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NIA Symposium Focuses on Alzheimer's Disease

By Stephanie Clipper

On the Front Page...

"Neuroscience: The Splice, the Mice, the Neuron, and the Nun" was the title of the National Institute on Aging's Florence Mahoney 100th Birthday Lecture Series, which took place recently in Masur Auditorium. The lecture brought together four cutting-edge investigators in the field of aging research to honor Mrs. Florence Stephenson Mahoney, a founding member of the National Advisory Council on Aging, who was instrumental in establishing NIA and several other institutes at NIH. (The event is available for viewing on the NIH videocast Web site at and can be found in the "Special Lectures" section under "Past Events.")


Beginning the lectures, Dr. Michael Hutton, assistant professor at the Mayo Clinic in Jacksonville, Fla., addressed the "splice" by focusing on how some neurodegenerative diseases are caused. His research centers around mutations in a gene called tau. In some families, unique splice mutations in the tau gene are linked to a rare, inherited form of dementia called frontotemporal dementia or FTDP-17. A feature of these tau-related diseases is the accumulation of abnormal proteins related to the neurofibrillary tangles found in Alzheimer's disease.

Next, addressing the "mice," Dr. Karen Hsiao Ashe, professor of neurology at the University of Minnesota, spoke about an animal model she developed that now serves as a tool for the study of many aspects of Alzheimer's disease. This mouse model produces a mutant version of a protein found in the brains of human Alzheimer's disease patients. The animals develop plaques characteristic of AD and have difficulty on tests of learning and memory.

Participants in NIA's Florence Mahoney 100th Birthday lecture series stand next to a portrait of Mrs. Mahoney. They included (from l) Drs. David A. Snowdon, Karen Hsiao Ashe, Marcelle Morrison-Bogorad, Richard Hodes, Rudolph E. Tanzi and Michael Hutton. The event was videocast over the Internet.

Addressing the "neuron," Dr. Rudolph E. Tanzi, director of the genetics and aging unit in the department of neurology at Massachusetts General Hospital, presented his latest work in the controversial field of Alzheimer's disease genetics. Tanzi, who is also an associate professor of neurology and neuroscience at Harvard Medical School, was part of two separate teams that in 1997 identified the presenilin mutations linked to early-onset Alzheimer's disease. More recently, he and his colleagues identified a gene called A2M-2, different forms of which may serve as a risk factor for late-onset AD.

In his lecture on the "nun," Dr. David A. Snowdon, associate professor of preventive medicine at the University of Kentucky's College of Medicine, spoke about his 9-year project called the Nun Study, a collaboration with the School Sisters of Notre Dame, a religious order. Snowdon, an epidemiologist who is also associated with the Sanders-Brown Center on Aging in Lexington, Ky., presented evidence that there may be risk factors for AD that stretch back to adolescence, risk factors associated with language ability and the development of thinking areas of the brain. His latest research focuses on a possible link between Alzheimer's disease and low levels of the common B vitamin known as folic acid or folate.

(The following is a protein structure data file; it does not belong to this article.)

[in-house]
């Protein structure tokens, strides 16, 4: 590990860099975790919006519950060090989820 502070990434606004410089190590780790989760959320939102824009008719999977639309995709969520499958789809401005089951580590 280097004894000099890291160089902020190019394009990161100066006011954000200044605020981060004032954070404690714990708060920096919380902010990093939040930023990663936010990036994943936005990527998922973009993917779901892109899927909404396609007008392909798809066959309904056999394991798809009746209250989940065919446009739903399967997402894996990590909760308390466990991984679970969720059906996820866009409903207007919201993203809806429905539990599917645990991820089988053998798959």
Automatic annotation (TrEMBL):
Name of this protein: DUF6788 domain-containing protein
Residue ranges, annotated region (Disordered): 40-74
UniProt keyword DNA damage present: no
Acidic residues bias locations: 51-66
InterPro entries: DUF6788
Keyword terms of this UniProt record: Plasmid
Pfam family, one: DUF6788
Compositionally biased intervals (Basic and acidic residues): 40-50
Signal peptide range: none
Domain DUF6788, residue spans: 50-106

"The four presentations highlighted different facets of research into the causes of late life dementias," said Dr. Marcelle Morrison-Bogorad, associate director of NIA for the Neuroscience and Neuropsychology of Aging Program. "These researchers have made seminal contributions to research on Alz-heimer's disease and frontotemporal dementias. Their research is breaking new ground in the general fields of messenger RNA processing and the relationship between protein structure and function; animal models of disease; risk factor genes for multifunctional disease; and life course predictors of late life disease."

The symposium celebrated the contributions and 100th birthday of Mahoney, who was not able to attend the meeting.

"Mrs. Mahoney was a critical proponent of medical research and health policy research over the past 50 years and, in many ways, working with her colleagues such as Mary Lasker, was responsible for a lot of the advances in and public appreciation of medical research," said NIA director Dr. Richard J. Hodes in introductory remarks. "She served on the advisory councils of a number of institutes at NIH and was particularly instrumental in the founding of the NIA. She's been a great champion and believer in the cause of medical research in the service of public well-being and has, through her contacts with the press and with policymakers, had a very substantial impact on those of us at the NIH."

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